Sunday, March 26, 2006

Three Choices

In this article Robert Parry gives three alternate courses the US could take. Two involve confrontations here at home that seem so unlikely as to be unfaceable—forcing Bush to resign, or having a Democratic congress impeach him—but Parry finds the third—capitulating with three more years of Bush rule—to be much more dangerous.

Ironically then, a U.S. attack on Iran to prevent its hypothetical development of nuclear weapons in a decade or so could lead to the rapid collapse of the Musharraf government and put Pakistan’s existing nuclear arsenal in the hands of radical Pakistani Muslims, with close ties to Osama bin-Laden’s al-Qaeda.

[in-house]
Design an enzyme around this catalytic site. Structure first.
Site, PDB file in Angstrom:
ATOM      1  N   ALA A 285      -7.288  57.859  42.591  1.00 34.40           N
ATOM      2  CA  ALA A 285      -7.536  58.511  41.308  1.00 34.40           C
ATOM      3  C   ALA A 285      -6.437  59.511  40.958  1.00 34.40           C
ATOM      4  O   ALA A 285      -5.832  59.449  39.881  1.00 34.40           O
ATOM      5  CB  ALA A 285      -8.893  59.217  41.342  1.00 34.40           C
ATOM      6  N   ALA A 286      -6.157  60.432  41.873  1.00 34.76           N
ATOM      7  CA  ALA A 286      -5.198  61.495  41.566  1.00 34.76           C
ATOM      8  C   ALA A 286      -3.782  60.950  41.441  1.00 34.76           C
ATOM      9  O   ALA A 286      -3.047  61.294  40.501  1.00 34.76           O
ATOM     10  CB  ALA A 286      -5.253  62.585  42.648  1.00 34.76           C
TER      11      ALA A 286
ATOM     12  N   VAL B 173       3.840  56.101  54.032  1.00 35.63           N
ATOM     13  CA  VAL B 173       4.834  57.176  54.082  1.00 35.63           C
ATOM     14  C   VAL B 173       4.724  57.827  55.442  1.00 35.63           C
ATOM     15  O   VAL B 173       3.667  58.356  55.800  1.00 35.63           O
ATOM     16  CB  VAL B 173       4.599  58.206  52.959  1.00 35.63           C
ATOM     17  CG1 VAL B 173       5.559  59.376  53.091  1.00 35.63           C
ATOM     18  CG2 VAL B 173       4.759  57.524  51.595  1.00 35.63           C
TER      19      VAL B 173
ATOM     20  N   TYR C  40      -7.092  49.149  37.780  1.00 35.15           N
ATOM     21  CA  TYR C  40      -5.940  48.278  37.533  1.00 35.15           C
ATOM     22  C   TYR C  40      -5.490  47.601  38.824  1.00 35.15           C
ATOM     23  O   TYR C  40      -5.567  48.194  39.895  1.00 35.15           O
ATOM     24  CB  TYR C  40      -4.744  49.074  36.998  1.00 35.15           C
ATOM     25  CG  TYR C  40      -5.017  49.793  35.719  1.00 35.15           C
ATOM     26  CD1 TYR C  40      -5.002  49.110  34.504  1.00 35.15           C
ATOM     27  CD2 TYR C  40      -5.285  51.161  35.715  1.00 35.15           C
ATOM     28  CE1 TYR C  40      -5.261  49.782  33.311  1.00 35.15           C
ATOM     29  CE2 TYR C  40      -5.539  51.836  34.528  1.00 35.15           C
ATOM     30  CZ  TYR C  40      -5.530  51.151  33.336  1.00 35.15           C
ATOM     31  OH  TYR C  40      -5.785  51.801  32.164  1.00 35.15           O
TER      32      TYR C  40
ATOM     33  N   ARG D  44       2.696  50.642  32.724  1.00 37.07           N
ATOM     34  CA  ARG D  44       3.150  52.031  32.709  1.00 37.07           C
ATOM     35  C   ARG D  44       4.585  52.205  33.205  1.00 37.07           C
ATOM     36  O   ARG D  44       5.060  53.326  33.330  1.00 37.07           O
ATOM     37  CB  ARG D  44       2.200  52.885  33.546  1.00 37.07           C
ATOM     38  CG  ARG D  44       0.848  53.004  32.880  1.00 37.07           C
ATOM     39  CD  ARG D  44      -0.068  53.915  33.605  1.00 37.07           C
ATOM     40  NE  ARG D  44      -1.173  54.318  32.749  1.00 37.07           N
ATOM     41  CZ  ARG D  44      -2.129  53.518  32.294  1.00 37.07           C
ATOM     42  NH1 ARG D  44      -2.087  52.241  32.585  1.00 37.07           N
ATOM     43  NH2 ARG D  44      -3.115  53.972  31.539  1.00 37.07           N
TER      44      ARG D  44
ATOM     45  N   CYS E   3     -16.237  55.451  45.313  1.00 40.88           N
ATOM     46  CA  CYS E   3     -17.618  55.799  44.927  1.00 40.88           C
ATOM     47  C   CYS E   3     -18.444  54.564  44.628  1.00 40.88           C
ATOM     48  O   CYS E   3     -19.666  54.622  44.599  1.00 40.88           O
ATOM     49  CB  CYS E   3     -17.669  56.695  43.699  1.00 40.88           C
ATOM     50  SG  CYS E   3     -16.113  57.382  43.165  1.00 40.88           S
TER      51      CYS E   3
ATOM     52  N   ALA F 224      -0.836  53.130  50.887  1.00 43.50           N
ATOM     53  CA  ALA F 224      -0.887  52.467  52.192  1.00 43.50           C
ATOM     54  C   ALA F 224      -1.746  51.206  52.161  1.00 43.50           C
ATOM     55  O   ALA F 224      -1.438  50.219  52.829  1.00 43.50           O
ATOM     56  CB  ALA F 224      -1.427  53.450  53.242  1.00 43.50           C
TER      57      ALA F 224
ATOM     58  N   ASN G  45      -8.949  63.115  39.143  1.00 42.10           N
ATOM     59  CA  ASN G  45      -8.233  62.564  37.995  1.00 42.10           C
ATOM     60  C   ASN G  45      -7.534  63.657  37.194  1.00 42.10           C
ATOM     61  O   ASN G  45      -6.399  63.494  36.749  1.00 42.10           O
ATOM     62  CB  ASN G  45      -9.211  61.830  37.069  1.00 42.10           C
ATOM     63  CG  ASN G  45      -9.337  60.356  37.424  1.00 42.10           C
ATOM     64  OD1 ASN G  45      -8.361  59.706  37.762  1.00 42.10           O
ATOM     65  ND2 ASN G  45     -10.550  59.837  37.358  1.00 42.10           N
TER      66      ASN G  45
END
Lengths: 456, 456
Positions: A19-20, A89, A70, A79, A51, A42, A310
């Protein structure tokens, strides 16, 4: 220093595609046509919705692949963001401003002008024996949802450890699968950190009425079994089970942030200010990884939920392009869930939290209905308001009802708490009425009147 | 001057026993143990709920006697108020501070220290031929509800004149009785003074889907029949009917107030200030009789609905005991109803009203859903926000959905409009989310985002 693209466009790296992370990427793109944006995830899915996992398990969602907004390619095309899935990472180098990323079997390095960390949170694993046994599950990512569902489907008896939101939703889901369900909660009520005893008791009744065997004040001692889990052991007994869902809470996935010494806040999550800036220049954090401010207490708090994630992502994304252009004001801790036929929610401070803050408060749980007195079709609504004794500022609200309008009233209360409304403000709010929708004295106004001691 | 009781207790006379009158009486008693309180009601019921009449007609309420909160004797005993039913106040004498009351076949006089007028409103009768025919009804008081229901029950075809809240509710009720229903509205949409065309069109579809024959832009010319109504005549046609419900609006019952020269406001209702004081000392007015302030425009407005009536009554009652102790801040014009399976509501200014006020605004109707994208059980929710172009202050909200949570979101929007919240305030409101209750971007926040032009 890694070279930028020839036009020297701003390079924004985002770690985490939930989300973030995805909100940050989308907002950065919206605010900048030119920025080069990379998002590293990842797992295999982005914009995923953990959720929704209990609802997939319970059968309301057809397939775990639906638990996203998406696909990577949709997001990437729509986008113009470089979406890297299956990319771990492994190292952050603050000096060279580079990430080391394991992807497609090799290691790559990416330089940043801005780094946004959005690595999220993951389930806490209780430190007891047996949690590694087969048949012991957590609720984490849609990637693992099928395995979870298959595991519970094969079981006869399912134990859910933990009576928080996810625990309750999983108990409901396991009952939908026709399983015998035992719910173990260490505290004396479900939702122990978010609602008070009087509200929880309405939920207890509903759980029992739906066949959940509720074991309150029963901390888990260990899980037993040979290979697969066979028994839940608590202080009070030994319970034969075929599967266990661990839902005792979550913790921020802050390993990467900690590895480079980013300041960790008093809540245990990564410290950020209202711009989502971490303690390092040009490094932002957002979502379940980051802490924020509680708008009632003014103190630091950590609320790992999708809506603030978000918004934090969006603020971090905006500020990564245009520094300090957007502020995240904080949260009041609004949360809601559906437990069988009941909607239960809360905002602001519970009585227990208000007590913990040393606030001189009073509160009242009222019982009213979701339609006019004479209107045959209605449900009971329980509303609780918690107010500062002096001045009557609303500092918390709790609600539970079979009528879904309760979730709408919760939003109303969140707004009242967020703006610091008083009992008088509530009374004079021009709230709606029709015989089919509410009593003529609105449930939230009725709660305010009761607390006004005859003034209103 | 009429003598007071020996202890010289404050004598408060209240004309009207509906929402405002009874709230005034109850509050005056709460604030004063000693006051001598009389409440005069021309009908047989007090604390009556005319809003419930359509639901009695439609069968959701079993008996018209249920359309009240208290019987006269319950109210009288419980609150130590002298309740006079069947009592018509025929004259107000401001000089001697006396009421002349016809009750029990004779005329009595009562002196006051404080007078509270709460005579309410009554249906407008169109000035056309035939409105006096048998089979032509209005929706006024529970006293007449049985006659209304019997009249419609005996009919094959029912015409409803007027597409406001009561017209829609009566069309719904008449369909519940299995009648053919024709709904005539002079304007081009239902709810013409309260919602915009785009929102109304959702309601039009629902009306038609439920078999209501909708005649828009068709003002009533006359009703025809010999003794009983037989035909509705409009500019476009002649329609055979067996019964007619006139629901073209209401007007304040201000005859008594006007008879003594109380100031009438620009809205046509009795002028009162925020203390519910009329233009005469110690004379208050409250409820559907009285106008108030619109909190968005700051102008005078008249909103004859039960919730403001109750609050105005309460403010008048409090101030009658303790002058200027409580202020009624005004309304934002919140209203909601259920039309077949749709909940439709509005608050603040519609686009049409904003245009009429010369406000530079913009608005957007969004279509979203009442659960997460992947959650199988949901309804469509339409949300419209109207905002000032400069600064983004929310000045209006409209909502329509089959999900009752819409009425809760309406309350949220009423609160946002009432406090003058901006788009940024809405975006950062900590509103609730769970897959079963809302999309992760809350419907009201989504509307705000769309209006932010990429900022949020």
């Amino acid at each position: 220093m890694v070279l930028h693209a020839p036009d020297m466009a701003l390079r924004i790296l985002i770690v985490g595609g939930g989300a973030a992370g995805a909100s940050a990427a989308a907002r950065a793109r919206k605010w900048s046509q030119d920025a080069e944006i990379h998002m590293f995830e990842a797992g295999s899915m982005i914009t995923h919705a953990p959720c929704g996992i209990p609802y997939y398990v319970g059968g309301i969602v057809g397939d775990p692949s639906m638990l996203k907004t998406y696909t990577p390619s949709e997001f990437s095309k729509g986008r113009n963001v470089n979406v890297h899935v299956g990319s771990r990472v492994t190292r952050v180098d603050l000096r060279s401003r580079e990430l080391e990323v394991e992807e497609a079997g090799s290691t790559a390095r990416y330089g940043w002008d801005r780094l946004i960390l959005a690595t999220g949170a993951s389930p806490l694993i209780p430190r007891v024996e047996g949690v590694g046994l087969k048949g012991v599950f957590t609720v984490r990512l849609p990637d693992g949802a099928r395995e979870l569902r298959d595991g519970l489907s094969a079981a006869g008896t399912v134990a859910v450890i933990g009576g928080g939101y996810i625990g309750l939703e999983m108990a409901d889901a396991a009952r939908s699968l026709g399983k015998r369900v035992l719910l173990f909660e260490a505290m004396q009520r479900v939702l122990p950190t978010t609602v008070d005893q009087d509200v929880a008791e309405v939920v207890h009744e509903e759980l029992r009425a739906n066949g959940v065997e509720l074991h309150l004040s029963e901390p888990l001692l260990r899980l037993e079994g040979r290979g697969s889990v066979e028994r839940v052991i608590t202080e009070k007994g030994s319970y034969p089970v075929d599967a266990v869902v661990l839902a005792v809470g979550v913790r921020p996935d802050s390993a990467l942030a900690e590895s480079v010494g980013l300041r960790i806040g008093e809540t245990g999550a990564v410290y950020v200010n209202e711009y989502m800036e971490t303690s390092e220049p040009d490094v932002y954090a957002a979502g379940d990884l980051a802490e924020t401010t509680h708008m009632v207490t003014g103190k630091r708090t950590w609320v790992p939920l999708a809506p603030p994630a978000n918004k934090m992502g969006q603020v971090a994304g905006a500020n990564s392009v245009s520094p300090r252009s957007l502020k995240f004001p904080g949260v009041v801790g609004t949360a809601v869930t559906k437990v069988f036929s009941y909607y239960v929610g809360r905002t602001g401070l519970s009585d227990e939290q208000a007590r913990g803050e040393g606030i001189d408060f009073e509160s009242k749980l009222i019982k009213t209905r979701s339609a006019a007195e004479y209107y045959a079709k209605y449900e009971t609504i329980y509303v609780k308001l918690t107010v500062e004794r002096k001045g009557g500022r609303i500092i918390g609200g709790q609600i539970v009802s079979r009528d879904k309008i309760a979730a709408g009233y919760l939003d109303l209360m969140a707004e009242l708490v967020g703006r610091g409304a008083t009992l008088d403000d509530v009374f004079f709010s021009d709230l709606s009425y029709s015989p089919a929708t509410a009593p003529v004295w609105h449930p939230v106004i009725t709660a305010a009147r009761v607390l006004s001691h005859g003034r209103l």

Bush’s air strikes against Iran also could lead to retaliation by Tehran against U.S. troops in neighboring Iraq. With close ties to Iraq’s new Shiite-dominated government, Iran could instigate bloody reprisals against American soldiers, including vulnerable U.S. trainers working inside the new Iraqi security forces.

Iran and angry Arab states could play the oil card, too, slashing American supplies or at least driving the prices up to levels that would endanger the U.S. economy. Already, some Arab oil ministries are quietly shifting some of their oil trading from dollars to euros, a transition that could further weaken the dollar and force a nasty restructuring of the American economy.

In short, the “safe” political option – to let Bush operate much as he has since Sept. 11, 2001 – has consequences that may be more dangerous than the other two more confrontational options.


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